The parent job is left to moi. And so I'm tired. I'm in beautiful San Diego and I'm tired.

But yet, I got to see my children touch a dolphin for the very first time. I got to watch my son try out his spanish on Dr. Boris and my five year old daughter crack her first crab and proudly wear her bib as a superhero cape. And so it's a good kind of tired.

I can get some rest when I'm back in cold and dreary Pittsburgh, my kids have returned to school, and my butt is back in my chair where it belongs.

7 comments:

Joyce said...

Nice post, Meryl. The trip sounds great, despite everyone else!

Being a mom is worth every minute of rest that you lose. And just think, if you were paid for what you do, you'd be making about 130,000 a year!

Cathy said...

Pittsburgh is especially cold, dreary, and sunless today, so San Diego sounds lovely. But the single parenting part reminds me of gritted teeth. Can't you run away for the afternoon? Maybe escape through a bathroom window? What would your protagonist do?

Hope your stay is enjoyable in spite of the thorns.

Susan Helene Gottfried said...

Oh, I've been there, Meryl... many, many times. Probably many more to come.

Focus on the fact that you learned that dolphins feel like hot dogs. And that you get to be there to experience all this with them -- I don't know about you, but when I hear of this sort of stuff that I've missed out on, I'm sad!

Working Stiffs said...

Thanks everyone. Right now my kids are lobbying for cookies for breakfast. But the view of the bay out my window if beautiful and the sun is shining bright.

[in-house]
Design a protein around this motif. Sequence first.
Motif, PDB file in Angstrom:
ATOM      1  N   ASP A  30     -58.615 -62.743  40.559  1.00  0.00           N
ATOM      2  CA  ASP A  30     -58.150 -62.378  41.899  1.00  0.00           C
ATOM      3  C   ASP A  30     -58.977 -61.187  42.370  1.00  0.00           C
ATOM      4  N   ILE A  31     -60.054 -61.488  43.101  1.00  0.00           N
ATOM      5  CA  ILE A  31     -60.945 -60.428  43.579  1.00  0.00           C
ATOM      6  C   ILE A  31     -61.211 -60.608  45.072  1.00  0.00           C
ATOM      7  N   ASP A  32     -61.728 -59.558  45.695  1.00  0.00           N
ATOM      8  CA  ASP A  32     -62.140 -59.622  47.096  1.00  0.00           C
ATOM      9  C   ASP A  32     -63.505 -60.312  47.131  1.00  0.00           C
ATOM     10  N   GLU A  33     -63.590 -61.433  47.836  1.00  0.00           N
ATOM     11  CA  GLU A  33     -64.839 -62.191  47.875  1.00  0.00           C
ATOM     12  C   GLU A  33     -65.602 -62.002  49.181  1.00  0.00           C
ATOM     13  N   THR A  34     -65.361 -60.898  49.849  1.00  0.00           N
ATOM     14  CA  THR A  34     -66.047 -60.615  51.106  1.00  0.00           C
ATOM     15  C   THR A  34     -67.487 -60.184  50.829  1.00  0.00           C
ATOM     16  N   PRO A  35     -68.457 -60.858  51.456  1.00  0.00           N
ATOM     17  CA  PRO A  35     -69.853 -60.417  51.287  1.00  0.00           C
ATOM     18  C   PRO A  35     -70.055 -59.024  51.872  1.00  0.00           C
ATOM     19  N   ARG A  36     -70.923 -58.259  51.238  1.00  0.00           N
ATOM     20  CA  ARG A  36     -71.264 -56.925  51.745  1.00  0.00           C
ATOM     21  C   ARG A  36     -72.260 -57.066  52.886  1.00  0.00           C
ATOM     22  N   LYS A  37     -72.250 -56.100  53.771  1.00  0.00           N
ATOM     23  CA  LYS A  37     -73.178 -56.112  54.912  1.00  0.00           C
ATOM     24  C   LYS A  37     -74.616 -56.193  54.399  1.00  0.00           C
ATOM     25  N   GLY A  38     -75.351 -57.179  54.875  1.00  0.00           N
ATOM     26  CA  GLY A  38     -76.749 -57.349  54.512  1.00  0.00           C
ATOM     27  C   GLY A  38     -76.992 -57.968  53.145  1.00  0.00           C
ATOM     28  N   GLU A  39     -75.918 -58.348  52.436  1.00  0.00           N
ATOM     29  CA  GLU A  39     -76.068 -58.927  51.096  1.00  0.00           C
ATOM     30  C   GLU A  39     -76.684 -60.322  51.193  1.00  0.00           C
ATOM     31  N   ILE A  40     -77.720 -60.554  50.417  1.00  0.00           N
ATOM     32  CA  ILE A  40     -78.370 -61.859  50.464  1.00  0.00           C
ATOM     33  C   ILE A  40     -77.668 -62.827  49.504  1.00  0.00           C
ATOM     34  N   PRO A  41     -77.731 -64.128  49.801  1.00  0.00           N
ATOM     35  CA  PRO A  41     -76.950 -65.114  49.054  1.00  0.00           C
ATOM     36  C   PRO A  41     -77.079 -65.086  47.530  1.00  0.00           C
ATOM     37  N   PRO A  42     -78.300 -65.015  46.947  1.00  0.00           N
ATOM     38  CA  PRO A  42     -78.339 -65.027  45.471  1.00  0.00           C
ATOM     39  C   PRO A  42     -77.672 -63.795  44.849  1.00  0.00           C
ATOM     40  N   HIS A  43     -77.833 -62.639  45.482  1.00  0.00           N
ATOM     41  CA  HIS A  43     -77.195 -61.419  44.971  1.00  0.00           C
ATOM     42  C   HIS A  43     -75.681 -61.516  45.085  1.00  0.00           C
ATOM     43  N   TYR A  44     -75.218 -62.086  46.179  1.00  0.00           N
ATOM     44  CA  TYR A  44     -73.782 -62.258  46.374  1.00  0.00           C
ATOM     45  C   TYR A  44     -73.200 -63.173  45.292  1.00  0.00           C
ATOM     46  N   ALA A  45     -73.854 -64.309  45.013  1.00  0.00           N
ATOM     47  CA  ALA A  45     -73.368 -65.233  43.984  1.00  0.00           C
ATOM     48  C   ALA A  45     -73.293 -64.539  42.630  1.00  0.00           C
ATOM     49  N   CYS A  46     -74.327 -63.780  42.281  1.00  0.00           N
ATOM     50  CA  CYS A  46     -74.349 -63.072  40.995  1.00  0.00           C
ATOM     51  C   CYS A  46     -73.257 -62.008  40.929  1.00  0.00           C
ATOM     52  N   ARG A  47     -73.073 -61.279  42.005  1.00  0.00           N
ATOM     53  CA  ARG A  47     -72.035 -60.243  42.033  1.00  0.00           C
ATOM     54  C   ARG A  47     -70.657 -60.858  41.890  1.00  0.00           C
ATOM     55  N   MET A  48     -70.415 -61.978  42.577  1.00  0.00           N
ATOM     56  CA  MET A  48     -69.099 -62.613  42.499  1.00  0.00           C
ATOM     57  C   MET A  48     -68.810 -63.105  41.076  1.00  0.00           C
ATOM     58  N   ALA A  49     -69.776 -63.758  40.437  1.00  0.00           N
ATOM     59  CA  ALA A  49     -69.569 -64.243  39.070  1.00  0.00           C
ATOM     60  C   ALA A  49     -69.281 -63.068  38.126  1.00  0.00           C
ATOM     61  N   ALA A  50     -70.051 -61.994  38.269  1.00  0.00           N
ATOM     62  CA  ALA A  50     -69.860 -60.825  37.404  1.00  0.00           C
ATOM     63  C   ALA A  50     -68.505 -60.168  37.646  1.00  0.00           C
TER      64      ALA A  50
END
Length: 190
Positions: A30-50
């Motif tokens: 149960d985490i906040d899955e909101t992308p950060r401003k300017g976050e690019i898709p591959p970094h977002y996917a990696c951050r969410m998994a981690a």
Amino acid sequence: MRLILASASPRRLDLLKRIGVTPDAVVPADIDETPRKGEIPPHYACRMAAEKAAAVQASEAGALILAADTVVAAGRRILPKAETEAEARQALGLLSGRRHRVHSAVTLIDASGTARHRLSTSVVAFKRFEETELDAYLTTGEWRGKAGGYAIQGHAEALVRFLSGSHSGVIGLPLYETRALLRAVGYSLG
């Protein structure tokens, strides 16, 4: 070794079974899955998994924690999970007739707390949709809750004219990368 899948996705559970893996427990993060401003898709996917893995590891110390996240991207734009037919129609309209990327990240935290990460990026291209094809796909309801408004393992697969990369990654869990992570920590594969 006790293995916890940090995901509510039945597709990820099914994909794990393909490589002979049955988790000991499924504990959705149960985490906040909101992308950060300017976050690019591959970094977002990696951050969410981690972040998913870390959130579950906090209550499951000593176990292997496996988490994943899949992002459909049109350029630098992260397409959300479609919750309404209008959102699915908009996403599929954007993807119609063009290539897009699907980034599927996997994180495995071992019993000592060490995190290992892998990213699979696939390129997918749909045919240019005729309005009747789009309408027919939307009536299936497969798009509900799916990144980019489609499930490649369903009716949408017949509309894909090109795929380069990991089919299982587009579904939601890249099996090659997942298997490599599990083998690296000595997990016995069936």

Susan, you are so right. I feel bad that their father missed all of these things. The funny thing is that it doesn't seem to affect him. He's here on business and he is able to focus on that. If I were him, I would enjoy the adult time but it would kill me to miss all those important moments with the kids.

Maybe that's the difference between moms and dads.

Any dads want to weigh in?

Working Stiffs said...

Thanks everyone. Right now my kids are lobbying for cookies for breakfast. But the view of the bay out my window if beautiful and the sun is shining bright.

Susan, you are so right. I feel bad that their father missed all of these things. The funny thing is that it doesn't seem to affect him. He's here on business and he is able to focus on that. If I were him, I would enjoy the adult time but it would kill me to miss all those important moments with the kids.

Maybe that's the difference between moms and dads.

Any dads want to weigh in?

merylneiman said...

Oops. Sorry. That was me as working stiffs.

Rebecca Drake said...

Can't comment for their dad, but Joe seems to enjoy his one-on-one time with the kids, too.
Today, however, he happily dashed off to work while I became playdate organizer, chef and laundress for two usually delightful and sometimes annoying kids who are off school. Something called a "clerical day."
And it's gray, here, and fairly cold and I'd rather be in writing in warm and sunny San Diego!
I'm with you on the exhaustion, Meryl, but you're right that it's the best of times, too!